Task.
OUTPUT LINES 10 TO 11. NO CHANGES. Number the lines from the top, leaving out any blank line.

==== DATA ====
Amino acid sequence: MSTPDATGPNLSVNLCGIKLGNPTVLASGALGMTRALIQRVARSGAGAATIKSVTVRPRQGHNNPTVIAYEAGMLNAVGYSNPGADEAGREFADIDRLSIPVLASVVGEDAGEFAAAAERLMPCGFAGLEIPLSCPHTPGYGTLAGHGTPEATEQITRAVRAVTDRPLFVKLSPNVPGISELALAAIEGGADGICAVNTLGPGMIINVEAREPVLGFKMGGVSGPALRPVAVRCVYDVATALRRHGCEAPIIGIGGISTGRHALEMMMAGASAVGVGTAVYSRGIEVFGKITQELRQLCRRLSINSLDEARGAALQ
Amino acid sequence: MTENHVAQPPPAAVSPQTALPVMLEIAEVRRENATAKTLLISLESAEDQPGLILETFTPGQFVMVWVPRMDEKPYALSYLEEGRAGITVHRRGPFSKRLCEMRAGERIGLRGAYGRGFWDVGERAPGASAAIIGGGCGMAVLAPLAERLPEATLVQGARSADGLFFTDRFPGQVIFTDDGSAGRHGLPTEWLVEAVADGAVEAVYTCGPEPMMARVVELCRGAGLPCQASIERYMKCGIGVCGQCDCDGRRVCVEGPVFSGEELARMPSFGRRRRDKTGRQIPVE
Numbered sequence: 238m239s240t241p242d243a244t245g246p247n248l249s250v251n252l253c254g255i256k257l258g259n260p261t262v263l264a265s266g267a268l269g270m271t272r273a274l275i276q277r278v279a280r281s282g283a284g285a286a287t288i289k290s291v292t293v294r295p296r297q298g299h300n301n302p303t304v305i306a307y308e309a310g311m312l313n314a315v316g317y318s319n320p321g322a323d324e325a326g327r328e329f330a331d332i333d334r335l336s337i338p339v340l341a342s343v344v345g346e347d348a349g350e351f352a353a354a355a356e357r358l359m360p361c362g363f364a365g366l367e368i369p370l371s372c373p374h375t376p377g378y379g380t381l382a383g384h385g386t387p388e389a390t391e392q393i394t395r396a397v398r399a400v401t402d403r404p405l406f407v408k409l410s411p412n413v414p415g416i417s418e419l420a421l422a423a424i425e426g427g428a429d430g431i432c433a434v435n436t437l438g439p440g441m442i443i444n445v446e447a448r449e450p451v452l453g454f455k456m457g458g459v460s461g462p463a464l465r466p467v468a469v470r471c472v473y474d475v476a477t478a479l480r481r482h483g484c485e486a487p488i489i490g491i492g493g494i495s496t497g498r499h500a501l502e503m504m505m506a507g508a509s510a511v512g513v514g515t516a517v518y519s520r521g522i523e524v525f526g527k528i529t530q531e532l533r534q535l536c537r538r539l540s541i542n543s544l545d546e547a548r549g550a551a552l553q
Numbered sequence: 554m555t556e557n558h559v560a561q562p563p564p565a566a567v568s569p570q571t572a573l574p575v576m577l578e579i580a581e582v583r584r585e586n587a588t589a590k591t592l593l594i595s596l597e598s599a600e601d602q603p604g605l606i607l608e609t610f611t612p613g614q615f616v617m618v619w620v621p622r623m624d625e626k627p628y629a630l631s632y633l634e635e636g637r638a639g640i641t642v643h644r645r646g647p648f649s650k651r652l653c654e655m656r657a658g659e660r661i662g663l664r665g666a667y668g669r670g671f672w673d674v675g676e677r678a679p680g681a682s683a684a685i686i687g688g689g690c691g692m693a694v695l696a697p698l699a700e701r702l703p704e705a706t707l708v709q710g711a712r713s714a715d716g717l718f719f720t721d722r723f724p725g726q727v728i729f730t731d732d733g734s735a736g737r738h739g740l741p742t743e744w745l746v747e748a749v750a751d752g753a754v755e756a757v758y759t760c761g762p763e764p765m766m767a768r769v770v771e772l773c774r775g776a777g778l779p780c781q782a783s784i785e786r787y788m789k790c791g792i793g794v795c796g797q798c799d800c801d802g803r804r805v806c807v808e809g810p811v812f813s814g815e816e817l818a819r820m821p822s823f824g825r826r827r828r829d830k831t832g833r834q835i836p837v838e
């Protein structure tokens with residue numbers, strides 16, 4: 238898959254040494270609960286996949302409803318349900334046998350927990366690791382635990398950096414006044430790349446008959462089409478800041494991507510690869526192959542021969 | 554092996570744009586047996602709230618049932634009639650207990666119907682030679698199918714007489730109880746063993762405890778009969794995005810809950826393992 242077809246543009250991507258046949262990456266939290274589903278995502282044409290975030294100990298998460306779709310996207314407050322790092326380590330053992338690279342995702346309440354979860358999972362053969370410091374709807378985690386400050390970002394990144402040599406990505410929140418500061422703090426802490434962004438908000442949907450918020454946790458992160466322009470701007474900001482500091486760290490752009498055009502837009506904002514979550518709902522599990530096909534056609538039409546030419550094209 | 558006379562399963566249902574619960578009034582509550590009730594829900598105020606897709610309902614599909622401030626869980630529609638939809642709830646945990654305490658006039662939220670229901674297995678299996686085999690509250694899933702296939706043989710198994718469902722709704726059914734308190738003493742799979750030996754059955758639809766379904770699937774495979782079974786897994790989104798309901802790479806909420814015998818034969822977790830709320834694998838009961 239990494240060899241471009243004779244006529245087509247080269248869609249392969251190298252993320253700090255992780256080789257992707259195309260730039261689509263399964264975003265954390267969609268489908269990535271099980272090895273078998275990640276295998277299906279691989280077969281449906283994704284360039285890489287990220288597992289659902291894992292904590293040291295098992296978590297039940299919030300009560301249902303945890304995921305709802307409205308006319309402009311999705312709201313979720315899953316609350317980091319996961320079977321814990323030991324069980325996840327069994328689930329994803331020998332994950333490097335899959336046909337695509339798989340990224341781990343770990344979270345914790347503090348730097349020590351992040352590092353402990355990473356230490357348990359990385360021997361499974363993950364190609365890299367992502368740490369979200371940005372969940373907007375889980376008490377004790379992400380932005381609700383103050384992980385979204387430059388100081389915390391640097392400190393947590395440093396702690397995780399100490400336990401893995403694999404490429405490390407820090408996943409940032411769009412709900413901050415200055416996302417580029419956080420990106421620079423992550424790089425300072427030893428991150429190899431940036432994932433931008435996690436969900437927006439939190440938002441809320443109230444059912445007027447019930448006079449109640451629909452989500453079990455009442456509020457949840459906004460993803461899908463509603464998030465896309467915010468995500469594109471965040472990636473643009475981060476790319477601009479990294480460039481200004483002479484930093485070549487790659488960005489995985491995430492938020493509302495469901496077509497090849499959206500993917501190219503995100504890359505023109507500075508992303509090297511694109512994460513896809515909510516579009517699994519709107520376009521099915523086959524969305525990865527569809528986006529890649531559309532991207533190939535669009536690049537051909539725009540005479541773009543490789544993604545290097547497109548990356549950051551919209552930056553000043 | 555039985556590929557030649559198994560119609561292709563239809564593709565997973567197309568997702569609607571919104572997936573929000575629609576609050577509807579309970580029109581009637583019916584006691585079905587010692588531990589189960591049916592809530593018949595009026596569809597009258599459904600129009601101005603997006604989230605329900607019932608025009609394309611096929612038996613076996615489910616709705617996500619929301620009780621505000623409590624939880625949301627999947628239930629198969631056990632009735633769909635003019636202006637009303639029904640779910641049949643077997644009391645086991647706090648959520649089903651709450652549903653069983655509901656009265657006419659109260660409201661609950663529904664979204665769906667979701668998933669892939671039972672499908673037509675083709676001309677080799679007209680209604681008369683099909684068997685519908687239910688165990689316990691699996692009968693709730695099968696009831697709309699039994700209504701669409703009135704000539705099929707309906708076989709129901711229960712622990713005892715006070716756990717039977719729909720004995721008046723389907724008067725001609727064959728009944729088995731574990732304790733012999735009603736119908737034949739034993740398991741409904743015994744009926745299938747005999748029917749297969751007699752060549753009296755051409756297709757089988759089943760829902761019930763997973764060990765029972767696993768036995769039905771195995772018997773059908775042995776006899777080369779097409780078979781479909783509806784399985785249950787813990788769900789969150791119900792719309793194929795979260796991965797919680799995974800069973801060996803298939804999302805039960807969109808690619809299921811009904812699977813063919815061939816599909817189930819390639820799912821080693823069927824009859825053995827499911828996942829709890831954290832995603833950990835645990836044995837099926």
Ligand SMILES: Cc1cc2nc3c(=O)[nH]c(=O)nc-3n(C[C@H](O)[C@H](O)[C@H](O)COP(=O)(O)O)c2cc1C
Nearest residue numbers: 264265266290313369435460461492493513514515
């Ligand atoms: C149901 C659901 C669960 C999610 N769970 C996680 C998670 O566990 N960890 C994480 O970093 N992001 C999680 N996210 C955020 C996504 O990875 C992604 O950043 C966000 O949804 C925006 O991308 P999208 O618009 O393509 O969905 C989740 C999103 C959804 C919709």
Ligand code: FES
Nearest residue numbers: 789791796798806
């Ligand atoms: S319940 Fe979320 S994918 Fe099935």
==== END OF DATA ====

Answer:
Nearest residue numbers: 789791796798806
């Ligand atoms: S319940 Fe979320 S994918 Fe099935």